Shortly after the death of King William the corporation submitted a Whiggish address to Queen Anne, prominently stating their zeal to defend her against the Pretender and her other enemies at home and abroad. In the city at large, however, the political mood was moving in favour of the Tories. The initiative was seized by no less a personage than the dean of Gloucester, Dr William Jane, regius professor of divinity at Oxford, who in early May was already campaigning vigorously on behalf of the outspoken Tory, John Grobham Howe. Howe, who had lost his seat for the county in December 1701, now sought to guard against continued exclusion from Parliament by putting up for both city and county. One townsman noted at this early stage that ‘all this city at present runs with ale and stinks of piss half a mile around’ as a result of Jane’s electioneering. The dean had ‘chose to keep a kind of ambling residence with Howe’ whom he had ‘met about a mile out of town at an alehouse to introduce him with the mob into the town and conduct him to his own lodgings’. At first, even the Dissenters were enamoured of Howe on hearing that he was about to transfer his son from Oxford to Geneva ‘for better education’, but drew off when they found him heavily courted by the High Churchmen. Trye, out of Parliament since 1698, put up as a second candidate. The intensity of campaigning between May and July is indicated by the admission of no fewer than 205 new freemen, more than at any other time in the period. Howe and Trye must have faced some form of Whig opposition during the campaign, since there were reports at the eve of the election that Howe was likely to lose but had then ‘prevailed’, although the election itself was apparently uncontested. The identity of the Whig opponents has not emerged, although the possibility seems strong that Hanbury might have been one, especially in the light of his candidacy in the city by-election in December, occasioned by Howe’s choice to sit for the county which had also returned him. Standing against Hanbury was another of the city’s former MPs, John Bridgeman, though whether this was a straightforward party fight is not clear, there being no clues as to Bridgeman’s political orientation. Hanbury’s success represented an early setback after the Tory achievement of the summer. A petition from Bridgeman on 27 Jan. 1703 alleged that Hanbury had gained his majority from votes cast by non-freemen and ‘by treating, menaces and promises of rewards, and other illegal practices’, but there was no report from the elections committee. At the next election in May 1705, the Whigs took both seats. In March the ‘election revels’ were reported to have ‘begun with the usual extravagance’ although there are no subsequent indications of a Tory challenge. Hanbury secured re-election, and Trye was replaced by William Cooke II, the Whig grandson of the 1690 Member.6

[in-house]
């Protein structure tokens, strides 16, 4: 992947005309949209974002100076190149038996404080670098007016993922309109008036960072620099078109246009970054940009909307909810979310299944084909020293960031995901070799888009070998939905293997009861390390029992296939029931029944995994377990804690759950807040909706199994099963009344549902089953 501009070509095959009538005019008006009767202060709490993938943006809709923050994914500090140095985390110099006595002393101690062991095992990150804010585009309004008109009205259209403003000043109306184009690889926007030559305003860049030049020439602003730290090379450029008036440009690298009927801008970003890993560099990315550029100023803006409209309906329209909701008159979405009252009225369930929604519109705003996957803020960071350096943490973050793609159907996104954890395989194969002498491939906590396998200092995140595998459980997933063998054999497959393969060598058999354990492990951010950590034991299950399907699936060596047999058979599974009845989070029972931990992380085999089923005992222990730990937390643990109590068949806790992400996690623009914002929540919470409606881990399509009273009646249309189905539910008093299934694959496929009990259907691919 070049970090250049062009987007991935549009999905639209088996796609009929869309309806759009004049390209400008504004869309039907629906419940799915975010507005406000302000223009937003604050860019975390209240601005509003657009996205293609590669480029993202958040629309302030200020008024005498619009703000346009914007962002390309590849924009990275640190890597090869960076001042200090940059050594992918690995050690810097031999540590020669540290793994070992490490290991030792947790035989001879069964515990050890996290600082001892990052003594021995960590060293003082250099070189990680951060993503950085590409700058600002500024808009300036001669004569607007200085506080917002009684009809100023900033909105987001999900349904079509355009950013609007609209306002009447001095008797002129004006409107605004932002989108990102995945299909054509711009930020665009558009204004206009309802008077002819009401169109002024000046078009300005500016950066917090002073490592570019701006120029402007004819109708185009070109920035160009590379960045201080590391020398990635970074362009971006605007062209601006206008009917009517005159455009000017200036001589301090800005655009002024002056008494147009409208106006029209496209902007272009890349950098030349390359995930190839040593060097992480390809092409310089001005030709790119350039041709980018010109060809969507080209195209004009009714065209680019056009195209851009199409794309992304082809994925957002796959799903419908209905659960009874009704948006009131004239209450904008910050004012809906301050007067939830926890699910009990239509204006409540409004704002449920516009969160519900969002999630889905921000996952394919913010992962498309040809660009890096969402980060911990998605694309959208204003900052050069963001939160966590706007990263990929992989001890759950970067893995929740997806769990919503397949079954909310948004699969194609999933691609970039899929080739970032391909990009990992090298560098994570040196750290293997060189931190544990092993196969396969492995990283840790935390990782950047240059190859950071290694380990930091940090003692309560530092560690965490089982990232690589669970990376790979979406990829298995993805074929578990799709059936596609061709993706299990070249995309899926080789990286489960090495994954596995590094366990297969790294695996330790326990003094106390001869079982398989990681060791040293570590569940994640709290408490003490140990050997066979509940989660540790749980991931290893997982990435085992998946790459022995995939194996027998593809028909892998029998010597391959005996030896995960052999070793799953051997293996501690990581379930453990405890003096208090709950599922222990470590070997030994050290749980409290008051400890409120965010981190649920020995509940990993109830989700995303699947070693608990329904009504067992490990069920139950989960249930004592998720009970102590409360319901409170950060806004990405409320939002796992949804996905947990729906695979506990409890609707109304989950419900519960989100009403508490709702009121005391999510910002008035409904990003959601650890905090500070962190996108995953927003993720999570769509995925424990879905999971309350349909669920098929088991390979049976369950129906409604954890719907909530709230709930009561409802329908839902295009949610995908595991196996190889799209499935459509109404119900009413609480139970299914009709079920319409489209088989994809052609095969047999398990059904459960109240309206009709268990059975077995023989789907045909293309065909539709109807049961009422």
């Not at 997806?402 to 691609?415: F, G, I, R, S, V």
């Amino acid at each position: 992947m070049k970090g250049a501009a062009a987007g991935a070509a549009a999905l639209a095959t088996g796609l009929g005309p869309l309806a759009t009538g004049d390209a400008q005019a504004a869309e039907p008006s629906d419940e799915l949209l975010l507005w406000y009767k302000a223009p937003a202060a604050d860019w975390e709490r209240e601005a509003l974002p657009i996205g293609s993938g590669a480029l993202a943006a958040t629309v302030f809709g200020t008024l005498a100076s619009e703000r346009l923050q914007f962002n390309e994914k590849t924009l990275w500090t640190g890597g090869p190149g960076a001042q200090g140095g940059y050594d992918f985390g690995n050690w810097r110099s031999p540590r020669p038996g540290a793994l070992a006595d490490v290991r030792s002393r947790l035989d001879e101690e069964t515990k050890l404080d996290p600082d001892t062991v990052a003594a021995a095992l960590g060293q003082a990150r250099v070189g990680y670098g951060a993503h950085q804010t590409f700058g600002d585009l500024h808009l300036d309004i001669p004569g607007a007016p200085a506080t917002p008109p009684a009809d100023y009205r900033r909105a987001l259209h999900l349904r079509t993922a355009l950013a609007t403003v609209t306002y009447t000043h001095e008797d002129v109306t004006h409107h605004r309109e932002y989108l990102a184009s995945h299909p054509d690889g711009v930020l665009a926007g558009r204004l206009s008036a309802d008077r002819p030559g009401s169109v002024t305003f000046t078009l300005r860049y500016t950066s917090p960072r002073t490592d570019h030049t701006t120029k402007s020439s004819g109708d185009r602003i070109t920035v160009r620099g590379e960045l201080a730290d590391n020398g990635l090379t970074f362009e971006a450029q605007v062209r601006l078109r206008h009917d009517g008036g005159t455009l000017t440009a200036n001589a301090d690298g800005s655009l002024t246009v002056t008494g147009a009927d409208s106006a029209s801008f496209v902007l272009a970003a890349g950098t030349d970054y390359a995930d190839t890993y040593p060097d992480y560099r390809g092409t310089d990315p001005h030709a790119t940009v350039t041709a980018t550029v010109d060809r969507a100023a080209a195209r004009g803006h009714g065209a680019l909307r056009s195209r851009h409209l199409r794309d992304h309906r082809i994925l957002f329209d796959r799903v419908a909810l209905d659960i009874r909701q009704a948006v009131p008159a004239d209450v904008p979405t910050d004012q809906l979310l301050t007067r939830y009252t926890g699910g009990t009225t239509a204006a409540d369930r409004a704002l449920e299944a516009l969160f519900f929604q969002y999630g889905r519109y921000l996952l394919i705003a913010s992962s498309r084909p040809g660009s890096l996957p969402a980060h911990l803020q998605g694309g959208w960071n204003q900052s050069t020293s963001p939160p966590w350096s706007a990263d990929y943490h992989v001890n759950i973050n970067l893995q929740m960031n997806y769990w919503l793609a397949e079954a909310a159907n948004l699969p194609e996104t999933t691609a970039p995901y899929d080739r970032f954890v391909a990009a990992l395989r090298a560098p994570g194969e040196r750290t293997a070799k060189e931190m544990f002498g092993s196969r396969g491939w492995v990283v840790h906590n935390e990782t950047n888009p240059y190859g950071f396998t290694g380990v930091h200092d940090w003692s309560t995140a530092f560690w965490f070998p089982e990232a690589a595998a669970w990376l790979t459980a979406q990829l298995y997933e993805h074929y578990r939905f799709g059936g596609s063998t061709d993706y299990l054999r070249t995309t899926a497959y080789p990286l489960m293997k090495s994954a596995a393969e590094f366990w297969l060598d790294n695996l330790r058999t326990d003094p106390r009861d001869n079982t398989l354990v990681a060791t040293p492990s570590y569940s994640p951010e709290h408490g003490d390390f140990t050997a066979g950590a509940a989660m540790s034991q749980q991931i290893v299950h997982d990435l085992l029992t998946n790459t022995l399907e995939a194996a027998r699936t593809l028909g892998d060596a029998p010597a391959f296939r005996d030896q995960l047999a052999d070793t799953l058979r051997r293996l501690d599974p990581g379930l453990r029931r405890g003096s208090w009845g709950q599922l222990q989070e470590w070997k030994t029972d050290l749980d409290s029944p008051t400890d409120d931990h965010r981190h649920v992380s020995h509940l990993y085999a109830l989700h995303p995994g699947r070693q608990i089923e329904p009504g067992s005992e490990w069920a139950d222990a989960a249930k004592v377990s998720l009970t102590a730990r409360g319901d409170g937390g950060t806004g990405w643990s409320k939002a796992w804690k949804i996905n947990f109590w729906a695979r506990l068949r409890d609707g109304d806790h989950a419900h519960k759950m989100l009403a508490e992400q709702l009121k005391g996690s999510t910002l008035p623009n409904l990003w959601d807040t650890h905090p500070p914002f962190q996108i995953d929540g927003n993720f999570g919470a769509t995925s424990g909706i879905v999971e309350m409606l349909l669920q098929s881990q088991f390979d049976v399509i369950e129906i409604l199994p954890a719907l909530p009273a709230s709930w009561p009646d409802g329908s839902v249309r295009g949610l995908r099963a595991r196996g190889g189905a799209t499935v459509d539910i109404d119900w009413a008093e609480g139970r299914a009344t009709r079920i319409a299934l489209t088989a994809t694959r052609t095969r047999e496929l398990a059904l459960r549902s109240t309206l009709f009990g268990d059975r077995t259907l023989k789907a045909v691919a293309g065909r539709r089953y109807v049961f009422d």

Candidates for the next election were agreed at the Gloucester assizes in the summer of 1707. The Tories selected Thomas Webb, an influential member of the corporation, while the Whigs adopted Cooke and Hanbury’s brother-in-law John Selwyn†, the eldest son of the brigadier. Fierce party infighting occurred in the weeks prior to the election in May 1708, but did not result in a contest. At some stage Selwyn pulled out, having possibly been threatened with the revelation that he was still a year under age, which left Webb and Cooke to be returned unopposed. The by-election of December 1709 arose from the death of Cooke. Trye contested once more for the Tories, while Francis Wyndham of Clearwell was put forward on the Whig interest with the backing of most of the corporation. The day itself saw violent scenes, ‘fightings, breakings of windows and many disorders’. Dr Knightley Chetwood, who had succeeded Jane as dean in 1707, helped to provoke matters when, upon affidavits being made that protests and disturbances were intended at the town hall, the usual venue for polling, he allowed the sheriffs to hold the poll in the cathedral grounds at College Yard. He was later to claim that ‘matters went very quietly’, but at the time his action was read as a ploy on behalf of the Whig candidate Wyndham on whose behalf he was ‘a violent partisan’. Trye, who was defeated, petitioned on 11 Jan. 1710, claiming that the sheriffs had extracted votes for Wyndham from almsmen and others who were ineligible, but withdrew his complaint a fortnight later. The news of Dr Sacheverell’s token punishment in late March was greeted by Tory townsmen with bell-ringing and illuminations, to the annoyance of the corporation and was halted on the orders of the mayor. In April the city’s Whig governors presented the Queen with a frank address expressing surprise and indignation to hear the Church cried out to be in danger, and stressed that if such were the case, Sacheverell himself, ‘that quarter that preached up peril, seconded by tumults and rebellion’, was the fomenter. On the day the address was agreed, 10 Apr., the corporation also resolved by a majority of 15 votes to 7 to adopt Wyndham and Selwyn as its candidates at the next election. Campaigning on the Tory side was well under way in the summer. Alderman Webb informed Hon. James Brydges* in July that with the exception of ‘our scandalous corporation’ he found ‘our city wonderfully inclined to me’. He was joined by John Blanch, a wealthy Gloucester clothier, who it was thought would usefully champion the city’s wool trade. Blanch was able to assure Robert Harley* in September that ‘I have found more encouragement than I expected and am in great hopes of success’. The Tories hosted a visit by the Duke of Beaufort on 9 Oct. in which the corporation, in a calculated snub, refrained from having any part.